Category Archives: Gardening

The Lowly, Regal Dandelion.

dandelionSo what is it, again, that we have against dandelions? Because it doesn’t really make sense to not like them, in my opinion.

I mean, they are really cute, they’ll grow anywhere with no additional water other than what they get in nature.

They reseed themselves like mad. They prevent soil erosion.

Every part of the plant is edible in some form (although those with allergies—and specifically latex allergies—will want to do some research first). They provide lovely, bright, cheerful flowers. They are the first food of the Spring for honeybees. They’re free, they make great ground cover, etc.

What’s not to like?

“It gives one a sudden start in going down a barren, stony street, to see upon a narrow strip of grass, just within the iron fence, the radiant dandelion, shining in the grass, like a spark dropped from the sun.” ~ Henry Ward Beecher (1813-1887)

My next questions: Why aren’t we cultivating and growing dandelions for lawns (on purpose) instead of grass? Why aren’t we letting them take over our lawns?

It would be cheaper, more colorful, greener/more eco-conscious, easier, etc. They need less water than a grass lawn, use no chemicals, protect the watershed, provide food and tea, etc.

Is it because they have been classified as a noxious weed in some regions?

And who does this classification?

It’s probably my neighbor (who loves me, by the way, because of all the seeds from mine that blow into his yard), who really does love chemicals of all sorts. I don’t even know what any of them are. How can so many different types of chemicals—that do so many different, mysterious, deadly, chemically things—be made for just a lawn of grass?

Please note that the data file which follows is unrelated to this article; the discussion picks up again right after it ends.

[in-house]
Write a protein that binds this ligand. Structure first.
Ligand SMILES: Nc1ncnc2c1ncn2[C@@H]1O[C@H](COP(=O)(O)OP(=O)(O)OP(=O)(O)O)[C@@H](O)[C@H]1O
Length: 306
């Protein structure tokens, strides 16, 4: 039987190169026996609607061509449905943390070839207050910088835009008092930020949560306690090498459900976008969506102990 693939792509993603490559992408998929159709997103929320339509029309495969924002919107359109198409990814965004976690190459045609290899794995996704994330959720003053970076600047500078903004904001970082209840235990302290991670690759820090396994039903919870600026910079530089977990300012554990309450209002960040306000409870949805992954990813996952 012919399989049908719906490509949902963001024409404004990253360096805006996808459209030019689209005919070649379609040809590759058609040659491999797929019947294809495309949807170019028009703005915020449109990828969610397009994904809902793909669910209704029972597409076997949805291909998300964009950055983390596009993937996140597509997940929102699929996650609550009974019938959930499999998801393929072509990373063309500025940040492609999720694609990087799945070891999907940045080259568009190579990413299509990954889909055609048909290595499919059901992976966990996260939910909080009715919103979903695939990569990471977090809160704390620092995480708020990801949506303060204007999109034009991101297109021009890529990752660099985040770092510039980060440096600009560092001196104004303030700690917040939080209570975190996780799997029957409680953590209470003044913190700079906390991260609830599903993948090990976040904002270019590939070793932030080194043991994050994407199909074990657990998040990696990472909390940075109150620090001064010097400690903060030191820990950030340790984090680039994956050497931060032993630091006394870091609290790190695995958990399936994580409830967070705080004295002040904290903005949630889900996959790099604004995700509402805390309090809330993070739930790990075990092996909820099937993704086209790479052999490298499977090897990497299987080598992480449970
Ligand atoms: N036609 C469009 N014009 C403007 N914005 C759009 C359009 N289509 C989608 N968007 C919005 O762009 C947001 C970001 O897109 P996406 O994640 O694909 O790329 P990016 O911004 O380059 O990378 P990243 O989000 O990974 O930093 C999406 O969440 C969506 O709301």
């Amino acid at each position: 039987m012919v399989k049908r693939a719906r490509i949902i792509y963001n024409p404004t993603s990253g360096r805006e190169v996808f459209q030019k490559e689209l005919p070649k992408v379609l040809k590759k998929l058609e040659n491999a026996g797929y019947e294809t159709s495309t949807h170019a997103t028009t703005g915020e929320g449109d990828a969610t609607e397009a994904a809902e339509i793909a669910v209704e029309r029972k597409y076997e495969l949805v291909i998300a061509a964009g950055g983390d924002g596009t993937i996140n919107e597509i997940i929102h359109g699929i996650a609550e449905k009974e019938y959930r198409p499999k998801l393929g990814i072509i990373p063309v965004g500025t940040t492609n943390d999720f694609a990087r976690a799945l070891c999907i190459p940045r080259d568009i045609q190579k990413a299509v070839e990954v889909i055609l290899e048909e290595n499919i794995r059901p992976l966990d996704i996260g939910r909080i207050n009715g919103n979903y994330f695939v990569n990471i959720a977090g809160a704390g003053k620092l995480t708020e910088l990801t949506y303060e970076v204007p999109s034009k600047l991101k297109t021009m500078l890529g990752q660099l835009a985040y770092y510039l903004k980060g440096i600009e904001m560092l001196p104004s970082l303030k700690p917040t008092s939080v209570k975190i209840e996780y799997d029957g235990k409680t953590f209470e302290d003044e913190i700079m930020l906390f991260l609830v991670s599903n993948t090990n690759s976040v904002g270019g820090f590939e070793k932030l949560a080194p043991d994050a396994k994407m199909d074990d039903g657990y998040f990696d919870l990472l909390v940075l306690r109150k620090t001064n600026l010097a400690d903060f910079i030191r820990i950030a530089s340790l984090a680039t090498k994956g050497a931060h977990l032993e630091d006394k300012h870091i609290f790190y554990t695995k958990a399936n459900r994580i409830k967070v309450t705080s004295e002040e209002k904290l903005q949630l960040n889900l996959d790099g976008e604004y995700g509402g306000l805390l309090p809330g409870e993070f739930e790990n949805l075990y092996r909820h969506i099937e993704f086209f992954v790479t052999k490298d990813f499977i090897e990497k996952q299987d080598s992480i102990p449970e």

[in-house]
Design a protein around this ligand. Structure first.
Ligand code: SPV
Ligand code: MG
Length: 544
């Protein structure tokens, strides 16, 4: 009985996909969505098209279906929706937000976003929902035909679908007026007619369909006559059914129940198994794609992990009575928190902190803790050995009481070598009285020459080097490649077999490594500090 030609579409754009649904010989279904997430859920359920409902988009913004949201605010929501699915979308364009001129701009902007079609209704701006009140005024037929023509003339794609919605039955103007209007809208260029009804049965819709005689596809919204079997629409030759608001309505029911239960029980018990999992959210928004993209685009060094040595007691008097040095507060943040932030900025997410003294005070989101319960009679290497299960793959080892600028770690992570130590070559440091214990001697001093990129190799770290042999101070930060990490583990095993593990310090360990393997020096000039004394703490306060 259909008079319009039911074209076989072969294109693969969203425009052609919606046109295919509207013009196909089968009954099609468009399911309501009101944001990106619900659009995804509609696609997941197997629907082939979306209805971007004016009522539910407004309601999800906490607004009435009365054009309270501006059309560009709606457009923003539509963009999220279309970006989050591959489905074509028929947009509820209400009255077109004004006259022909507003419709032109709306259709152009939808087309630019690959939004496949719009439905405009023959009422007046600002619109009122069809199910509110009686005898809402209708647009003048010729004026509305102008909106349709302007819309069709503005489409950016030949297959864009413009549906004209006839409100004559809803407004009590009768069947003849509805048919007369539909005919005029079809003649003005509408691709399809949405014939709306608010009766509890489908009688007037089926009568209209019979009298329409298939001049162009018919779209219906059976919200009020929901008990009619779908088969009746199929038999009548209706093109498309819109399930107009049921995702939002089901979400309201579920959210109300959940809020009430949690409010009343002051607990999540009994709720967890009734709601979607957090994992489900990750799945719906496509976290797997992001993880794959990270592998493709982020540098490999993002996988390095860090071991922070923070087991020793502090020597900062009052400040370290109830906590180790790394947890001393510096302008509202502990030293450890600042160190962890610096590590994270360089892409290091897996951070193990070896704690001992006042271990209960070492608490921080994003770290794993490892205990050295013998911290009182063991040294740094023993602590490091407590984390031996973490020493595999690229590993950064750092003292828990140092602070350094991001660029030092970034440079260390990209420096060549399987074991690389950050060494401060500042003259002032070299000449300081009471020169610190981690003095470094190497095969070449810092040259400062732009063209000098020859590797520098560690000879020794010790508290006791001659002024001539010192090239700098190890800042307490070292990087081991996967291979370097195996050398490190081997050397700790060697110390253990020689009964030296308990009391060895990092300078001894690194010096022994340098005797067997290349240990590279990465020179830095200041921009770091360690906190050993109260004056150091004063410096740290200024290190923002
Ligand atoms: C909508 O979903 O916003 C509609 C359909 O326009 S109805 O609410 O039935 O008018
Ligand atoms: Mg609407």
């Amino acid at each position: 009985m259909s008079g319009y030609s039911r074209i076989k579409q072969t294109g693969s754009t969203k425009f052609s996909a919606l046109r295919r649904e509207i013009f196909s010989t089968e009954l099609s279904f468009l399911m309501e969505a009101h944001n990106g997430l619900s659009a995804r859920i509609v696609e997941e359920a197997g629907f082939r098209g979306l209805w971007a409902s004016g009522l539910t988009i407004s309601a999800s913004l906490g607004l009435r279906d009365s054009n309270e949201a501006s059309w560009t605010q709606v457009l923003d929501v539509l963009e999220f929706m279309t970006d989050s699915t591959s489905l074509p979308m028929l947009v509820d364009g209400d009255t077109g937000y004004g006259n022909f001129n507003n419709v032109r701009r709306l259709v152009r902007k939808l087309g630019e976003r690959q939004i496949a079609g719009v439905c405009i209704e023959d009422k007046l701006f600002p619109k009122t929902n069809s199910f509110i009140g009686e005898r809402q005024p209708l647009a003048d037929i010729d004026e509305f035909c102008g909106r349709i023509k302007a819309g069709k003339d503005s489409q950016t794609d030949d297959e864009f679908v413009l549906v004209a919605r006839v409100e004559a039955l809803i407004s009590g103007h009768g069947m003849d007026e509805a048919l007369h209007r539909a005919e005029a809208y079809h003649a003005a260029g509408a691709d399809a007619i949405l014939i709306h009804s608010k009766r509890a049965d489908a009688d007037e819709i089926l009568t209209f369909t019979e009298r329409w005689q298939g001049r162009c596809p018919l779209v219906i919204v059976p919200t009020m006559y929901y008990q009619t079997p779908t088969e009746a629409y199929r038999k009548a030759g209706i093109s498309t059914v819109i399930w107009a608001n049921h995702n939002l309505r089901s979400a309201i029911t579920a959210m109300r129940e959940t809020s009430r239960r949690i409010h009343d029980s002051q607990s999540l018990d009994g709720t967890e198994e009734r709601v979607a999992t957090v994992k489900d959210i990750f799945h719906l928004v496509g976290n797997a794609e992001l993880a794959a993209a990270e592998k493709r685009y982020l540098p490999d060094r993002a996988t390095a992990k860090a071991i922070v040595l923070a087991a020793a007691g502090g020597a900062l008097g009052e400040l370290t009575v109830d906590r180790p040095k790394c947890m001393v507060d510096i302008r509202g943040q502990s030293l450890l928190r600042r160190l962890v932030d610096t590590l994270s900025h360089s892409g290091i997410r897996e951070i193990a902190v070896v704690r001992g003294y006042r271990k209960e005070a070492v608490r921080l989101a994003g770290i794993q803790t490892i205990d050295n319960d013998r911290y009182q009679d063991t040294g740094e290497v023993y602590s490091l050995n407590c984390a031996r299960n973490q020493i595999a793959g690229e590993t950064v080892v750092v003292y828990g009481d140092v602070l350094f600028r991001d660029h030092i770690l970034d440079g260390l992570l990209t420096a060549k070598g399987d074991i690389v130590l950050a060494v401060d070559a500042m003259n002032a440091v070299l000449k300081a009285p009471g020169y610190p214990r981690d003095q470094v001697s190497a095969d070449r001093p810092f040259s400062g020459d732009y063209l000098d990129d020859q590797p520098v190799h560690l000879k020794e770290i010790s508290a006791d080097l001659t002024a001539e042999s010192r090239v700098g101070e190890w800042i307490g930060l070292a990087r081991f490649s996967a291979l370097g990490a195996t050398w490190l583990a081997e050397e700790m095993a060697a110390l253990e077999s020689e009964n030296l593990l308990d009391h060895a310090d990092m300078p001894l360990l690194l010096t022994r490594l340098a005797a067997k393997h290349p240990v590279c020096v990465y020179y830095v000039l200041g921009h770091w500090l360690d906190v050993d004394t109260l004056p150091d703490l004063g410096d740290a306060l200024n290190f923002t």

Why are we obsessed with having grass lawns in the U.S.? And why must they be the chemical companies’ picture of “perfect?”

And why doesn’t anyone question where all those chemicals actually go?

They don’t just sit there on the grass. They really do, at some point, sink into the earth and just keep going. They are poison. They get into our entire eco-system and mess it up in all kinds of ways that I’m too scared to research (I’ll leave that to you to do for yourself if you need more info).

I call my lawn “the salad” instead of “the lawn,” because it is the correct color and height (most of the time), but is comprised of a wonderful mixture of greens—of which, grass is the minority.

Dandelions are smart. Their response to frequent mowing is to grow flowers on shorter stalks. As anyone who tries to keep a lawn free of weeds knows, the dandelion’s long tap root must be removed completely or the plant will come right back.”

I cannot find a reference to it, but I was told by someone that in Beatrix Potter’s time, dandelions used to be cultivated and grown in gardens, like flowers. And indeed, there are places right now where dandelions are a cash crop.

Dandelion greens are very spendy in the market place.

At one site, I found dried dandelion leaves for $29/pound.

“Vineland, New Jersey is the birthplace of Welch’s grape juice and the mason jar. Yet, it is more famous for growing dandelions. In Vineland, dandelions are a cash crop and home to one of many annual dandelion festivals.”